Wedding Crasher In Ulan Bator. I am no Jeremy Grey or John Beckwith, but I have crashed a wedding or two in my day. The most recent one was in Ulan Bator in Mongolia.
Courtesy of New Line Cinema
It all started off innocently enough. I lazily snapped photos of the historic Gandan Monastery. This Buddhist monastery dates back to the early 1800s. Despite a massive religious eradication under the Mongolian communist government, the monastery escaped complete destruction and instead was shut down. Gandan Monastery was revitalized as the communist government was over thrown in the 1990s.
My pulse quickened as I spied a black car pull up with a miniature bride/groom attached to the hood. My camera lens is attracted to kids, old people, and anyone in a traditional uniform/costume. The final category also includes weddings. For the next 90 minutes, I brazenly stalked the wedding party during their personal photo foray at the monastery. With gratitude, I approached the groom and offered to email all my photos to him if he so desired. My offer was met with thanks and an impromptu invite to their wedding reception. As they say, when in Ulan Bator …
It was crisp and cool weather in September as I made my way across town to the hotel. I made one pit stop to purchase a bouquet of flowers. I did not want to show up empty handed. (I was already poorly dressed for the occasion.)
I entered the wedding mid-stream and was quickly ushered to one of the tables. I sat at a table with some of the bride’s family. I was met with tremendous warmth and hospitality, despite the lack of English and my one word of Mongolian and fifty words of Russian. I witnessed some interesting Mongolian traditions, some cheesy Western elements, and some Russian influences.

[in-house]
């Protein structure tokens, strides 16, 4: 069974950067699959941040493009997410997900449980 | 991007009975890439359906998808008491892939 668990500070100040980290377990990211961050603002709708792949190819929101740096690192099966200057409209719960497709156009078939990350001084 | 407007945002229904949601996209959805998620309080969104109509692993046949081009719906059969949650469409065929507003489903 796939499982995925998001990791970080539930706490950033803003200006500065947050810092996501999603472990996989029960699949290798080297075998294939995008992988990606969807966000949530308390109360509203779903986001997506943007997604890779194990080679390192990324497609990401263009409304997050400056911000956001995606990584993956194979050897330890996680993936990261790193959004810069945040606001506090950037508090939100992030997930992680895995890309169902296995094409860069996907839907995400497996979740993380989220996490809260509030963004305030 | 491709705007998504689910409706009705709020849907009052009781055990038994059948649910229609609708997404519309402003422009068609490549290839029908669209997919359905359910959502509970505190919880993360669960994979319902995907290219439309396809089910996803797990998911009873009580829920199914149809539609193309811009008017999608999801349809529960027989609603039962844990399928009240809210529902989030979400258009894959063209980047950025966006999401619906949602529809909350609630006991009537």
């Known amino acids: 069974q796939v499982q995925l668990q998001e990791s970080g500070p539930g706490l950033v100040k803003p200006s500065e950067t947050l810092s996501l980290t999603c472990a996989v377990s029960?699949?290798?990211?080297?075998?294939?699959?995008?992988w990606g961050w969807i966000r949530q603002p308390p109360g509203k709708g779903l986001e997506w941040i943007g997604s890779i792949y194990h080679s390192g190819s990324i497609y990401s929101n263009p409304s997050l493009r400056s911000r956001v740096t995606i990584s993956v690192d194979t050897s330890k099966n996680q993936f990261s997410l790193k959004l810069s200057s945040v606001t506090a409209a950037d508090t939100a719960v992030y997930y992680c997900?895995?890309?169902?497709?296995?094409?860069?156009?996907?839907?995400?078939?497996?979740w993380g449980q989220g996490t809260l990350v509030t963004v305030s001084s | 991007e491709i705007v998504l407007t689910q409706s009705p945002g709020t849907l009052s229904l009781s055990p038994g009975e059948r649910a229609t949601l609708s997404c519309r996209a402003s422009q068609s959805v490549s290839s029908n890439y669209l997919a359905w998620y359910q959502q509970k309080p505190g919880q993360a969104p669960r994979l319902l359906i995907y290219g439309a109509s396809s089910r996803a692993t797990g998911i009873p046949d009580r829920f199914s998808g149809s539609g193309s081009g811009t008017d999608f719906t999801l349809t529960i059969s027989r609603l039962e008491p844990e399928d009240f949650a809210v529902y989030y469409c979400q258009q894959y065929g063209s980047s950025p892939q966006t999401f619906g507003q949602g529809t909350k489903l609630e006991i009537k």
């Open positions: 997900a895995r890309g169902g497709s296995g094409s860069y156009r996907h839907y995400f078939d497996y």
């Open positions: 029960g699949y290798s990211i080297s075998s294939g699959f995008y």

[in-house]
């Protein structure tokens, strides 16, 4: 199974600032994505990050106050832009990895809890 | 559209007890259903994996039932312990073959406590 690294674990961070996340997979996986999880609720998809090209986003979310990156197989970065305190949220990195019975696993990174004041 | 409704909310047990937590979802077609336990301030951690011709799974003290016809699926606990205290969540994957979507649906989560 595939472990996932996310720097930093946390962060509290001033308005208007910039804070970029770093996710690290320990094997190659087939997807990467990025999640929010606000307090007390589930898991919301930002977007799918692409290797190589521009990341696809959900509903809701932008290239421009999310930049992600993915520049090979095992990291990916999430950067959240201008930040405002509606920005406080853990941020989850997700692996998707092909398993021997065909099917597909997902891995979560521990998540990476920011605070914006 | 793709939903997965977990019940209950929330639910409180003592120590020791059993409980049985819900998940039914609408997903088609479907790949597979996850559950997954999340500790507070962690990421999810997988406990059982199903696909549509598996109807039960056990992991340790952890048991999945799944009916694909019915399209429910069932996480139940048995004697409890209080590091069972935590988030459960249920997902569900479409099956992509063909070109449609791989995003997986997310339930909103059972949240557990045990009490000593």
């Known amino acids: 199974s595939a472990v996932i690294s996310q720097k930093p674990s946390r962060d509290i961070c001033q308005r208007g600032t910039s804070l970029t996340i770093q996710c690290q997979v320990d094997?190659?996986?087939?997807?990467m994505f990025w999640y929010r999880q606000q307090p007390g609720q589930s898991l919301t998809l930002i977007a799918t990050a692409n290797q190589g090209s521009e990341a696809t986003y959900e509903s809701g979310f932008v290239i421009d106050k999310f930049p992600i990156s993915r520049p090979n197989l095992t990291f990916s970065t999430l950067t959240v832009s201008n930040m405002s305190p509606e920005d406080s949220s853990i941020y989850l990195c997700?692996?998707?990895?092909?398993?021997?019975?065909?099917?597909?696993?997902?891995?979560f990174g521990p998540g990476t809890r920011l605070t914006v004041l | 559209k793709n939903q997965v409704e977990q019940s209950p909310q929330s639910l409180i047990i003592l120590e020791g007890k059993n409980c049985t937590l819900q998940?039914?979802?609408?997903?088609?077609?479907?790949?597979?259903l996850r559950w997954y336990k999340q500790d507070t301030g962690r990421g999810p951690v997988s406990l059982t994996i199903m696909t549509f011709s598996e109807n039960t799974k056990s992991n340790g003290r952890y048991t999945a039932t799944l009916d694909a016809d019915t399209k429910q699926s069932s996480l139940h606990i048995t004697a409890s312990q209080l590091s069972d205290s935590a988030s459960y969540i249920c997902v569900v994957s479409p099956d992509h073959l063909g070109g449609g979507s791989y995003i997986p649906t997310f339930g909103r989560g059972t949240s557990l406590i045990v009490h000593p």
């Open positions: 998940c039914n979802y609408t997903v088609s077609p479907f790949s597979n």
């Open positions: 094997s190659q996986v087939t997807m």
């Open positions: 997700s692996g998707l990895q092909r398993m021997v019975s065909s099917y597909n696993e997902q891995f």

I noticed a giant stack of food, almost appeared to be wooden blocks, next to the cake on the wedding party’s table. I was to learn this food was curdled milk. The Mongolian diet is derived directly from cattle, horses, camels, yaks, sheep, and goats. The curds were hard, salty, and bitter.
There was also another milk driven tradition. Some of the family headed to the stage to pour milk into a cascading fountain.
And finally, I witnessed many greetings between the guests that involved the exchanging of a small, stone bottle. The bottle would be accepted with an open palm. The receiving party would sniff the bottle and pass it back.
Mongolia was firmly in the Soviet universe for many decades. If you have visited any ex-Soviet countries or Russia you might recognize the table below.
The wedding was am incessant combination of action and sound. There was never a subdued moment. The wedding was a combination dancing, speeches, cheesy wedding singers, and a band.
Near the end of the reception, all the guests lined up to present gifts to the bride and groom. I was extra appreciative that I managed to pick up the bouquet before arriving at the wedding.
The magic of travel can be explained in this one simple anecdote. A historic temple. The arrival of a wedding party. And an unexpected and gracious invite of a complete stranger. A wedding crasher in Ulan Bator.
When in Mongolia, go visit surreal North Korea.
Wedding Crasher In Ulan Bator